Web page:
'Limit to which you can target judges...': SC slams media over reports of delay

Published on Jul 28, 2022 02:51 PM IST

'The plea alleging increasing attacks on Christian institutions could not be taken up earlier because one of the judges is down with Covid', the court said orally.

A general view of the Supreme Court of India in New Delhi.(Shrikant Singh)
A general view of the Supreme Court of India in New Delhi.(Shrikant Singh)
PTI |

There is a limit to which you target judges, the Supreme Court said on Thursday while expressing displeasure over news reports that it was delaying hearing a plea alleging increasing attacks on Christian institutions and priests across the country.

Give us a break, a bench of Justices D Y Chandrachud and Surya Kant said.

"Last time the matter could not be taken because I was down with Covid. You get it published in newspapers that the Supreme Court is delaying the hearing. Look, there is a limit to which you can target the judges. Who supplies all this news?

"The news I saw online was that judges are delaying the hearing. Give us a break. One of the judges is down with Covid and this is the reason we could not take the matter. Anyway, we will list it otherwise there will be another news item," the bench observed orally.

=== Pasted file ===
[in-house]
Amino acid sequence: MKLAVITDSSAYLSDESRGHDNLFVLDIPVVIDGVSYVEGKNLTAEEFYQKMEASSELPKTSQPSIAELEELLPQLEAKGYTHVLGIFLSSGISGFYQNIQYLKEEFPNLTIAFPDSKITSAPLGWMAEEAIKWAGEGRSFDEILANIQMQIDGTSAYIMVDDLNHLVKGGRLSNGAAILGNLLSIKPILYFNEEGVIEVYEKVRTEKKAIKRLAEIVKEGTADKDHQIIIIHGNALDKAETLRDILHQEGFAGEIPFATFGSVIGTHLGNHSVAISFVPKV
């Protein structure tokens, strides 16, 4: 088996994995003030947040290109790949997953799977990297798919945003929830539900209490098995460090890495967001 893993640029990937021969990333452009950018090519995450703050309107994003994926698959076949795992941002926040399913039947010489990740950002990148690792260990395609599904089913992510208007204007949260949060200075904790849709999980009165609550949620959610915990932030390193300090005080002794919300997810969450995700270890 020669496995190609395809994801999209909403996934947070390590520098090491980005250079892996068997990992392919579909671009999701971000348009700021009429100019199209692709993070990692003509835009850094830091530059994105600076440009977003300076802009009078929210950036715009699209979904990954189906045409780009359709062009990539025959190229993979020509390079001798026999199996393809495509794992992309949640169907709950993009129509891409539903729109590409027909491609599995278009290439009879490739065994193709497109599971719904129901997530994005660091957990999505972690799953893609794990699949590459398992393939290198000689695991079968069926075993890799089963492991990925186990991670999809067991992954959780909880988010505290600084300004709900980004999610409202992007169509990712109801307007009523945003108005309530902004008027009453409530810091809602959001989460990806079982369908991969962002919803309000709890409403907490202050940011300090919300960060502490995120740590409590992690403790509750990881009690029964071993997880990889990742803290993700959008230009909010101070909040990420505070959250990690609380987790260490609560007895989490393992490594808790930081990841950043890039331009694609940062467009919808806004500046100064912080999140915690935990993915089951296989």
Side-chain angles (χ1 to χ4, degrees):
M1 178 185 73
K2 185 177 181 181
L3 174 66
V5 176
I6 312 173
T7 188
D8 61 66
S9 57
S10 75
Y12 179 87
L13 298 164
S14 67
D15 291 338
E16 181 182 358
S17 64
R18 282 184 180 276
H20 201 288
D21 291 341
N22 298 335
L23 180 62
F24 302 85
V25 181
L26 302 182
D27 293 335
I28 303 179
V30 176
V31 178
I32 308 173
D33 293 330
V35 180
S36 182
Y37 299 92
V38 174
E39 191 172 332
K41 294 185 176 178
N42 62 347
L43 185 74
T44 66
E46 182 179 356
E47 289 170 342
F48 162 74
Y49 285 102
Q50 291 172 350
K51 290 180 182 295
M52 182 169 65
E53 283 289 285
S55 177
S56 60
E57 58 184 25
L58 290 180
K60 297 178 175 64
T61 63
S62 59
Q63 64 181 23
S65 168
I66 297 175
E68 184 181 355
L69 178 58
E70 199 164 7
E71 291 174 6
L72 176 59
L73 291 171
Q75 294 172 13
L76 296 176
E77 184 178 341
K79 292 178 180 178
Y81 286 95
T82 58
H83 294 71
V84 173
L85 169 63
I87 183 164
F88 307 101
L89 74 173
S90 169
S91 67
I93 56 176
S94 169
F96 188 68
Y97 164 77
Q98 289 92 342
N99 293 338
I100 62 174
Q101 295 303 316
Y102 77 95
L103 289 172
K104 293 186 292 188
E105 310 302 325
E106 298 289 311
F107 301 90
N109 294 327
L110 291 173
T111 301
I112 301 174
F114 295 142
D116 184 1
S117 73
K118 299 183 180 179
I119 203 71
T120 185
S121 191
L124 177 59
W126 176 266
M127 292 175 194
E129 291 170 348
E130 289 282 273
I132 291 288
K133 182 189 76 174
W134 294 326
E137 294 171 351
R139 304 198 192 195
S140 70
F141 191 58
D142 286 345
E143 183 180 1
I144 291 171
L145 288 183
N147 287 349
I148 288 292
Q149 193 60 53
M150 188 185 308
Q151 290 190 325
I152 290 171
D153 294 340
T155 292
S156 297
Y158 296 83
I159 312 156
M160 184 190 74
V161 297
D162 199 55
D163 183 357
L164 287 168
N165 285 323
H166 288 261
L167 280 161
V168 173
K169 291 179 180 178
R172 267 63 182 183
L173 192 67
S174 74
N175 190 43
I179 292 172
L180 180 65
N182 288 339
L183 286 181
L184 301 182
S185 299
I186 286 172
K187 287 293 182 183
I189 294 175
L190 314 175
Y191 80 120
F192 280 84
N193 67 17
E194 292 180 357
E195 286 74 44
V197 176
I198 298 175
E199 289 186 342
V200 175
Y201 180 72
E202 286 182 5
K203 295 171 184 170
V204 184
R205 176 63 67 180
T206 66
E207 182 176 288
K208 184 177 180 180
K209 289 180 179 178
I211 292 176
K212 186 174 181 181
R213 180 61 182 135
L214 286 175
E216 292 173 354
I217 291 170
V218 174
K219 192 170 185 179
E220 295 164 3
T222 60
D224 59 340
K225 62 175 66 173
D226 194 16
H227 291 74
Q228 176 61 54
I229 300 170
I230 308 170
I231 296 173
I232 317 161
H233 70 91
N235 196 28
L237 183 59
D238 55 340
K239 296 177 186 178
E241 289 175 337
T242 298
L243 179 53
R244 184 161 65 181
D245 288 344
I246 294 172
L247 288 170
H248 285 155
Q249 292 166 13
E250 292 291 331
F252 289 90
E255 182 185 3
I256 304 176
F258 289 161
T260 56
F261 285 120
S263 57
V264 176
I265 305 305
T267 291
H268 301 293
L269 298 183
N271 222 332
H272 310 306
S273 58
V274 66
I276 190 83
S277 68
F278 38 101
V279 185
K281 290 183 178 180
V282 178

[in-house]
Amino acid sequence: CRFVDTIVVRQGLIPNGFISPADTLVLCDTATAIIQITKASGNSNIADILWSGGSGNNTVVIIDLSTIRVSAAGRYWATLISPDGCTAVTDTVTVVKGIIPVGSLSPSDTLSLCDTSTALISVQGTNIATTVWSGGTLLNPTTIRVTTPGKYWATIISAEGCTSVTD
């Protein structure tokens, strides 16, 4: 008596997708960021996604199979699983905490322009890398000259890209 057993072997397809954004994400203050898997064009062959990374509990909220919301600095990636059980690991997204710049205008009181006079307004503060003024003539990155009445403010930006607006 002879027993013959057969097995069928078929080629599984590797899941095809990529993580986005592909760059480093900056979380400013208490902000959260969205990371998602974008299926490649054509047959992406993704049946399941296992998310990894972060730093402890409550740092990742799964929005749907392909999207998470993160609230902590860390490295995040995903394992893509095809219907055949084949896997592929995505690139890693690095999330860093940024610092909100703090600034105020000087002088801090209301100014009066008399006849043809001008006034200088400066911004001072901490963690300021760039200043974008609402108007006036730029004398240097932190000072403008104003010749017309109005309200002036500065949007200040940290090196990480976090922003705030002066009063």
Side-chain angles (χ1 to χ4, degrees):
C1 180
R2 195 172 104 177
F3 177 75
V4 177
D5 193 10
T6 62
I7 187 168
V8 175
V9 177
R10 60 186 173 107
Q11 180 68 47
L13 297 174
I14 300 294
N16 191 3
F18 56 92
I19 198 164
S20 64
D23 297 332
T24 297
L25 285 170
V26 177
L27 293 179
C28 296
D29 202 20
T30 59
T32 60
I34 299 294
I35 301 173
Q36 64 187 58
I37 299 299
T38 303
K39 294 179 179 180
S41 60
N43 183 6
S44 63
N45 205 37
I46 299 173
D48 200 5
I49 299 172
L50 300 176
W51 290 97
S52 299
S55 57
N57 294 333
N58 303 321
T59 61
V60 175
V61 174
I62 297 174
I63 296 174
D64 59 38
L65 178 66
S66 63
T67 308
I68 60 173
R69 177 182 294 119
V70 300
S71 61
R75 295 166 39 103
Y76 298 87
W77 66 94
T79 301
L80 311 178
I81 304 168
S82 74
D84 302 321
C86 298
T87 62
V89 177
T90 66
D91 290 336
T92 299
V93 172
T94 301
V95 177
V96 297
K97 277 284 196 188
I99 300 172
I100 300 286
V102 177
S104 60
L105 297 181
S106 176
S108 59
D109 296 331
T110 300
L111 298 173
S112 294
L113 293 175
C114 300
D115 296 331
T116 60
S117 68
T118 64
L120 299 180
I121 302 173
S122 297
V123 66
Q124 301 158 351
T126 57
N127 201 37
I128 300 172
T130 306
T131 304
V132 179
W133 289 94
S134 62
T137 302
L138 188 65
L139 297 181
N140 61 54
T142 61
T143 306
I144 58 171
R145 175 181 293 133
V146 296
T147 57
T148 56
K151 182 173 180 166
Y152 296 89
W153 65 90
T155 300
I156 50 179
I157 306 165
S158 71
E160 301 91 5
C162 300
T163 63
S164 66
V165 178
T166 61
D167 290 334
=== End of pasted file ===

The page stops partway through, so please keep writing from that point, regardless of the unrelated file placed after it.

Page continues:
The observations came after the petitioner's counsel sought hearing of the case.

Senior advocate Colin Gonsalves had mentioned the matter before a vacation bench in June and said 45 to 50 violent attacks on an average take place against Christian institutions and priests across the country every month.

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The relief sought in the plea filed by Peter Machado and others includes the implementation of guidelines issued by the apex court in the Tehseen Poonawala judgment under which nodal officers were to be appointed to take note of hate crimes and register FIRs.

In 2018, the apex court had come out with a slew of guidelines for the Centre and the states. These included fast-tracked trials, victim compensation, deterrent punishment and disciplinary action against lax law-enforcing officials.

The court had said offences such as hate crimes, cow vigilantism and lynching incidents should be nipped in the bud.

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